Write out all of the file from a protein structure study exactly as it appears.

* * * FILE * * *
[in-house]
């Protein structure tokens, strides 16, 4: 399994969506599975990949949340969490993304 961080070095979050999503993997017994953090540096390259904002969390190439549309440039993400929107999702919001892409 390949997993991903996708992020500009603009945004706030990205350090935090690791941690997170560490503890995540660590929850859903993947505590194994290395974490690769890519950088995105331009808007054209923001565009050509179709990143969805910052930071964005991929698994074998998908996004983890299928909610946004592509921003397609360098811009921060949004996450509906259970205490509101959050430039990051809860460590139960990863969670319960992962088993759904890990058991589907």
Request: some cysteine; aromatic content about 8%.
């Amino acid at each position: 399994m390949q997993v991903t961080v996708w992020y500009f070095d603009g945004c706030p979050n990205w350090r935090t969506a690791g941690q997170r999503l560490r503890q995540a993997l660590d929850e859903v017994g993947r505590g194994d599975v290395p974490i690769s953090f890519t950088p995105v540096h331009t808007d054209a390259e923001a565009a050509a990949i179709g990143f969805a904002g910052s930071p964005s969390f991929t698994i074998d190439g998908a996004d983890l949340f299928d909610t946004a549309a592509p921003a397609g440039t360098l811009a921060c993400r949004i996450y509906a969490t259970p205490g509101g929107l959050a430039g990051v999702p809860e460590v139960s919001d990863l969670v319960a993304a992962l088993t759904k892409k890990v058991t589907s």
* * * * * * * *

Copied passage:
[in-house]
């Protein structure tokens, strides 16, 4: 399994969506599975990949949340969490993304 961080070095979050999503993997017994953090540096390259904002969390190439549309440039993400929107999702919001892409 390949997993991903996708992020500009603009945004706030990205350090935090690791941690997170560490503890995540660590929850859903993947505590194994290395974490690769890519950088995105331009808007054209923001565009050509179709990143969805910052930071964005991929698994074998998908996004983890299928909610946004592509921003397609360098811009921060949004996450509906259970205490509101959050430039990051809860460590139960990863969670319960992962088993759904890990058991589907």
Request: some cysteine; aromatic content about 8%.
């Amino acid at each position: 399994m390949q997993v991903t961080v996708w992020y500009f070095d603009g945004c706030p979050n990205w350090r935090t969506a690791g941690q997170r999503l560490r503890q995540a993997l660590d929850e859903v017994g993947r505590g194994d599975v290395p974490i690769s953090f890519t950088p995105v540096h331009t808007d054209a390259e923001a565009a050509a990949i179709g990143f969805a904002g910052s930071p964005s969390f991929t698994i074998d190439g998908a996004d983890l949340f299928d909610t946004a549309a592509p921003a397609g440039t360098l811009a921060c993400r949004i996450y509906a969490t259970p205490g509101g929107l959050a430039g990051v999702p809860e460590v139960s919001d990863l969670v319960a993304a992962l088993t759904k892409k890990v058991t589907s």